Syria and the FIFA World Cup 2018: An unlikely tryst with destiny

I think one of the many reasons why football is such a globally loved game is its ability to transcend borders, cultures, religions and even wars. The beauty of the game lies in its simplicity. Ronaldinho once said,“I learned all about life with the ball at my feet” and last Thursday night, I felt the same emotions of unbridled joy and delight as I saw Omar Kharbin nonchalantly tuck away a penalty which would see his Syrian side make it to the knockout stages of the FIFA 2018 World Cup in Russia. It was an indescribable feeling, something akin to watching a paralyzed person walking for the first time — it was just that special!

The Syrian civil war is into its 7th year now and has shown no signs of stopping down.  It has displaced over 6 million people, killed about 500,000 of them and has destroyed property worth trillions. It doesn’t matter who is right or who is wrong on this side of the war, an entire country has been brought to its knees and all that that remains are destroyed cities, dead bodies, and of course, the undying love for football.

Before the war, Syrian football was making new headlines in the Asian football circuit and reached a new level when Al-Karamah Sporting Club, based in Hons reached the finals of the Asian Champions League in 2006. The now-infamous city of Aleppo had Al Ittihad, who also made it to the group stages of the AFC Champions League. The national team made it to the 2011 Asian Cup for the first time in more than a decade. Overall, the game was on a rise before the uprising engulfed the nation.

Over the next few years, football was relegated to the back seats as a perennial state of fear and turmoil forced many to immigrate and find new homes. The domestic football season did not stop, although it was not as prominent as before. The death of a number of key players due to the violence, most notably that of promising young starlet Youssef Suleiman grabbed media attention and led to former FIFA president Sepp Blatter extending his condolences to the local footballing community. As the war raged on, it was necessary to ensure the youngsters who took up the game were not misled by the false promises of salvation promised by the insurgents. Some, like the eighteen-year-old Mohammed Jaddou, left Syria for better opportunities in Germany while others got embroiled with the mass civilian movement. In the meantime, the qualifiers for the World Cup in Russia had started. Unsure about the security of the stadiums and the mudslinging of the international community regarding the refugee crisis, FIFA, who had just frozen a funding on 2.25 million dollars to the Syrian FA fearing it might be used to fund terrorist activities, decided to condemn the national team to play their home games in Oman and Myanmar, 4500 kilometres from their motherland.

The Ouasian Eagles have not left their fellow nation down, though. Losing only to group leaders Japan and Qatar, they have underlined their dominance in Asia by making it to the fourth spot on the table, ahead of continental powerhouses like China PR and Qatar. They are only a point of from the play-off spot and have an extremely good chance of making it to the finals. Bolstered by an air-tight defence comprising of players who get paid a meager 161 pounds a year, Syria has set an example for all those who dare to dream and they will not stop till they have reached their ultimate goal.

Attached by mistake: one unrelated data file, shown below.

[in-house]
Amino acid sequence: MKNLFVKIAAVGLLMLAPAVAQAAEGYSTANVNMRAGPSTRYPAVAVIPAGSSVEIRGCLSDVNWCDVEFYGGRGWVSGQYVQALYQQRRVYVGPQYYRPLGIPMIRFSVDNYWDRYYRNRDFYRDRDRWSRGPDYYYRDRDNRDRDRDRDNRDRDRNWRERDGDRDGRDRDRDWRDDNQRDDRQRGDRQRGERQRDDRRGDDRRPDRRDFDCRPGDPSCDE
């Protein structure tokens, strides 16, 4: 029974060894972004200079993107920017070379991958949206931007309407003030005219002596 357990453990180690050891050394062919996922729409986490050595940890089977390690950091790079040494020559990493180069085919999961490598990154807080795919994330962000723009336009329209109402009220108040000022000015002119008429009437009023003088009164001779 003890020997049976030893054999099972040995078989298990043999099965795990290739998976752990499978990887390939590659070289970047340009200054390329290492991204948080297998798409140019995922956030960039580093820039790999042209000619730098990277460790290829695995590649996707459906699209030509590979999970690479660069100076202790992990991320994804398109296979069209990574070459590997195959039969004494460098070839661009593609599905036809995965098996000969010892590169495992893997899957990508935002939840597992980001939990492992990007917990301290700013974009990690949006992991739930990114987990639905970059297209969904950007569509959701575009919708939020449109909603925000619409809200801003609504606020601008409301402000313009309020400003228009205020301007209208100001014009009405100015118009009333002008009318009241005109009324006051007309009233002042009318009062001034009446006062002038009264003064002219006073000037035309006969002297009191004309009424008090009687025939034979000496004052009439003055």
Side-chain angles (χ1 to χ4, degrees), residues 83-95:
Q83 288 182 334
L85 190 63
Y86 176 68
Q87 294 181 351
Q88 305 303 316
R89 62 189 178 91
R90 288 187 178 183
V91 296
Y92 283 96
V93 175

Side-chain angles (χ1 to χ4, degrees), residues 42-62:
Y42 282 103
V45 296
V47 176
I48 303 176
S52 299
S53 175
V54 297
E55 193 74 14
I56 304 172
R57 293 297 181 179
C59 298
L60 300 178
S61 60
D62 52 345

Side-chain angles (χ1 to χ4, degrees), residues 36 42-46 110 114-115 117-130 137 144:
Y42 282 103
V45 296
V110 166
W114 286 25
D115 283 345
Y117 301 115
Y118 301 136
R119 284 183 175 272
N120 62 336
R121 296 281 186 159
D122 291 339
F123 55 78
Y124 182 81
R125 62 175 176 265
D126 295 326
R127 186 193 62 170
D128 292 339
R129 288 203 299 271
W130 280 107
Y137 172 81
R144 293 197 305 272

Football is a simple game in a complex world that is often ravaged by politics, hatred, and hypocrisy. In troubled times, the beautiful game has often helped bring communities together, as was demonstrated in 1967 when the two warring factions in Vietnam declared a ceasefire to watch Pele play. As Omair stepped up to take the penalty that night, his shoulders carried the hopes and dreams of millions whose lives have been turned upside down by the war. He delivered with flawless precision, giving the goalkeeper the eyes and then slotting it home with an impeccably-timed Panenka and wheeled away towards the fans who had come to watch their team. It takes a lot of guts to do what the twenty-three-year-old did that night and that too in such a charismatic fashion, but having seen the trials and tribulations his people have suffered, he must have known the importance of the message he was about to give to the world and decided he had to do it in the most daring manner possible.

While there is still some way to go till they make it to the final 32 teams who will be travelling to Russia, with Korea being the next big block on 28th March, Syria’s road to football’s most coveted trophy is one that is glittered with determination, grit and a desire to start again from the very beginning, something that should still mean something in this unforgiving and broken world.

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